Triple Crown

The hitting Triple Crown has only been achieved 16 times in MLB history. Two players, Rogers Hornsby & Ted Williams, completed the feat twice. So, only 14 players have ever won the hitting Triple Crown!

Carl Yastrzemski of the Boston Red Sox, was the last triple crown winner in Major League Baseball in 1967.

This guy has some interesting ideas about changing the current requirements for the Triple Crown. I can tell he is not a die-in-the-wool baseball fan. He's full of shit! Don't believe a word he has to say!

Every year I follow the stats with interest to see if anyone has a shot a being a triple crown winner. Last year Albert Pujols gave it a hellava run, finishing with 43 (T4), 124 (T4), .359 (1) after petering out a little at the end of the season.

Of current players, it looks to me like Pujols has the best shot at achieving the feat. He hits for average and power and is good with men on base.

Todd Helton has a shot too. If Colorado were in the AL, he would have 2 [6] seasons: 2000 at 4,1,1 and 2001 at 2,1,3. He plays in a hitters' park and gets lots of at bats. His main malfunction is that he is in the same league as Pujols, Bonds, Sosa, Walker.

Bonds won't do it because his RBI totals will always be affected by the number of walks, intentional or not, he accumulates.

A-Rod won't do it because he hasn't hit for high average since 96 when he led the league with a .358 BA. Also, he's moving out of a hitter's park at Texas and into Yankee Stadium, not known for being friendly to right-handed pull hitters. He will have a tougher time hitting his usual 40 HR this year because of that.

Is there anyone else in the AL that is capable of the Triple Crown? I can't think of anyone right off the top of my head. Carlos Delgado perhaps?

Other past near misses in the past with top 5 finishes in the stats in their league:

Total, Year, Player, HR, RBI, BA
[9], 2003, Albert Pujols, 43 (T4), 124 (T4), 359 (1)
[8], 2001, Todd Helton, 49 (T4), 146 (2), 336 (2)
[11], 2000, Vlad Guerrero, 44 (T4), 166 (4), 345 (3)
[9], 1999, Manny Ramirez, 44 (T3), 165 (1), 333 (5)
[7], 1998, Albert Belle, 49 (2), 152 (2), 328 (3)
[6], 1997, Larry Walker, 49 (1), 130 (3), 366 (2)
[11], 1997, Mike Piazza, 40 (T4), 124 (4), 363 (3)
[5], 1995, Donte Bichette, 40 (1), 128 (1), 340 (3)
[5], 1994, Jeff Bagwell, 39 (2), 116 (1), 367 (2)
[8], 1994, Albert Belle, 36 (3), 101 (T3), 357 (2)
[8], 1994, Frank Thomas, 38 (2), 101 (T3), 353 (3)
[6], 1993, Barry Bonds, 46 (1), 123 (1), 336 (4)
[9], 1992, Gary Sheffield, 33 (3), 100 (5), 330 (1)
[8], 1988, Galarraga, 39 (T3), 329 (1), 302 (T4)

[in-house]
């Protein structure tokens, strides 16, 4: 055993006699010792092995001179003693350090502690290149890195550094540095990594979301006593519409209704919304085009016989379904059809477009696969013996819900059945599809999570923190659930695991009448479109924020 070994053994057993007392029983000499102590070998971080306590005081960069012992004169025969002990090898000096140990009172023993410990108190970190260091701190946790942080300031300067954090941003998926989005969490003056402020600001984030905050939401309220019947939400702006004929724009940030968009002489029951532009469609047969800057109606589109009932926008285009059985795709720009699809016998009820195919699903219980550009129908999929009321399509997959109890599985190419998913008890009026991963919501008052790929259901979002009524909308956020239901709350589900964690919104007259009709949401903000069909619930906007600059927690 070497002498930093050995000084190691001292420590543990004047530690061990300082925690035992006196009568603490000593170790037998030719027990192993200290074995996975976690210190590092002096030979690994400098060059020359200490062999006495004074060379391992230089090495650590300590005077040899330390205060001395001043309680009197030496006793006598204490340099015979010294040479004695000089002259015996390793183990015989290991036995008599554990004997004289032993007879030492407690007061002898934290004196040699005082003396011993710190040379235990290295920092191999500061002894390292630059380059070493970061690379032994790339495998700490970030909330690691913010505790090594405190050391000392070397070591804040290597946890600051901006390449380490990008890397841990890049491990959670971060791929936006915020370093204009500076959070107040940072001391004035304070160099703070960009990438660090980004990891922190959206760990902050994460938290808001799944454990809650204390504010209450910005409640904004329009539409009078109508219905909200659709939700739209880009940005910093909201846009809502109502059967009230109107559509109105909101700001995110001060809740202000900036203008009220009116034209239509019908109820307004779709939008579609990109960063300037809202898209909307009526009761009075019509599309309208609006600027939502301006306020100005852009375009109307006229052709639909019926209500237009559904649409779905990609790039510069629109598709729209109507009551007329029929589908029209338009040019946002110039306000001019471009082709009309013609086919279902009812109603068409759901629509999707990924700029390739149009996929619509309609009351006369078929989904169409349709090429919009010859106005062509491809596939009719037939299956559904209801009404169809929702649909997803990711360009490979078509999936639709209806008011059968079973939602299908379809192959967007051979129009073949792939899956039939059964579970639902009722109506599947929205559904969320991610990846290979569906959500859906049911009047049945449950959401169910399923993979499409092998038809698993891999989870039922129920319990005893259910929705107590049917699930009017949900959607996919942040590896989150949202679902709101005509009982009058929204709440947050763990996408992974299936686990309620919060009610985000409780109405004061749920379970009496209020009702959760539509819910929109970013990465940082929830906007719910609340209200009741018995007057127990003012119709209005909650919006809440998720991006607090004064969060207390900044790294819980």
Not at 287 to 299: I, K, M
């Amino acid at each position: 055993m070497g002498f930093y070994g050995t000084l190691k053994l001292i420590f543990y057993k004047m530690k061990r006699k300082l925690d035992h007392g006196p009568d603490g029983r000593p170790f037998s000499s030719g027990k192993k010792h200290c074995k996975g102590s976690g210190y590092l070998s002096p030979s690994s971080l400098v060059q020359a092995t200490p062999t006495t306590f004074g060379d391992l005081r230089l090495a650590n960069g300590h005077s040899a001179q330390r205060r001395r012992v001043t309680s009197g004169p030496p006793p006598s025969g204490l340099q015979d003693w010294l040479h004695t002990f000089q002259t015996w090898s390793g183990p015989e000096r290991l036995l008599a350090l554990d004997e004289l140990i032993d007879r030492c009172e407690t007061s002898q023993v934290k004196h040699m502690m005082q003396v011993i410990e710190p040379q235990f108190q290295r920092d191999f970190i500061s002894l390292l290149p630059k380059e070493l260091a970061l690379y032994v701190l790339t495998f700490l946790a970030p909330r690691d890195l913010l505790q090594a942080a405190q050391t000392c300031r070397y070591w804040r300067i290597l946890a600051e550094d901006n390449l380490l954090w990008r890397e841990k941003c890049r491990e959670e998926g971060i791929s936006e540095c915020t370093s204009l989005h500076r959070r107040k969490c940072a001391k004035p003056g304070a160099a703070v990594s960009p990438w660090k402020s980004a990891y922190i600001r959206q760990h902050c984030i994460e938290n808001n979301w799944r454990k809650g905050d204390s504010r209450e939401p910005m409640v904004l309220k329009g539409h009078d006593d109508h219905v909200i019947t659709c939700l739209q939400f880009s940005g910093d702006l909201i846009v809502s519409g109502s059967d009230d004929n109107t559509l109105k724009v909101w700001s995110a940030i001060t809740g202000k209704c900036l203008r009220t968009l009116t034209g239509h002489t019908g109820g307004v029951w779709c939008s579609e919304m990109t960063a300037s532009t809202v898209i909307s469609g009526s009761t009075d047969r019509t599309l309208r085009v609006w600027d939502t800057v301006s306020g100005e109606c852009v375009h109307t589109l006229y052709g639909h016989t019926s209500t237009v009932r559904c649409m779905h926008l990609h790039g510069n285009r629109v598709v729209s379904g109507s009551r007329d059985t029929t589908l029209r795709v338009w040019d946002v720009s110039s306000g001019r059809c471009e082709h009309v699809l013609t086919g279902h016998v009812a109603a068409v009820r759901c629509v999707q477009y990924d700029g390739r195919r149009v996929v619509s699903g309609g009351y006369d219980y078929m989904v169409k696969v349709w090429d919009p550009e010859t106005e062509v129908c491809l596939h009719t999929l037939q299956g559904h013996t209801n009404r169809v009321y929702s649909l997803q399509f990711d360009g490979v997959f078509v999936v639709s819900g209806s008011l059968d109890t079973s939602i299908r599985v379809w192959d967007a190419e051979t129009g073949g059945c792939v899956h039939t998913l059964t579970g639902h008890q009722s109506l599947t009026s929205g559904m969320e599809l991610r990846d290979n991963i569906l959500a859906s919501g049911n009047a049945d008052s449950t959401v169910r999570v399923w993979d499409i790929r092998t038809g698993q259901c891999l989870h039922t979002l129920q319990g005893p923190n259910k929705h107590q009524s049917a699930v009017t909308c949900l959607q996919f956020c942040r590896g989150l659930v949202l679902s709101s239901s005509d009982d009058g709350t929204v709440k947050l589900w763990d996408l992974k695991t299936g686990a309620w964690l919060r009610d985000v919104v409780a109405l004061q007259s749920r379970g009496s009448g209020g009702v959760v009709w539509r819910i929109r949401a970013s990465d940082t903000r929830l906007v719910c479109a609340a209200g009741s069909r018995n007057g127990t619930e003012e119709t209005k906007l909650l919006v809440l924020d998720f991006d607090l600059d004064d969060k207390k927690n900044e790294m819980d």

I hadn't realized there were so many close calls in the last 15 years...

Check out:

  • Manny Ramirez RBI total less his HR total that year. He still had over 120 RBI!

  • Vlad Guerrero RBI less HR.

  • Larry Walker finished #2 in BA to Tony Gwynn's .394.

  • Jeff Bagwell in the same league as Gwynn or he would have finished 2,1,1 for [4] points.

  • Manny Ramirez and Albert Belle on the same team!

  • Todd Helton and Larry Walker on the same team!

ยป by Madfish Willie on March 17 :: Permalink :: Comments (5) :: Baseball

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Posted by: Pixy Misa on March 17, 2004 12:50 AM

I've got a dark horse now that he's in the American League...Anaheim's Vladimir Guerrero

Posted by: Darren on March 17, 2004 07:30 PM

Good call Darren, although his power numbers are not high enough. He would have led the AL last year with .330, but his 25 HR/79RBI would have dropped him to 28/38 for [67] points in my scale.

He is in a good lineup now for RBI's. If they hit him in front of Anderson, he might get some better pitches to hit for power. If they pitch him behind Anderson, his RBIs go way up. Either way, he should have a bang-up season barring injury!

Posted by: Madfish Willie on March 17, 2004 08:45 PM

Just transposed some numbers to the AL for Vlad... in 2000, he would have had a [5] point season 44(2), 123(2), 345(1).

In looking at his career stats, it looks like he may have a better shot than even Helton. A-Rod won't lead the league in HR this year, although he may have some really good RBI numbers. The batting averages in the AL have tended to lower than the NL in the past few years.

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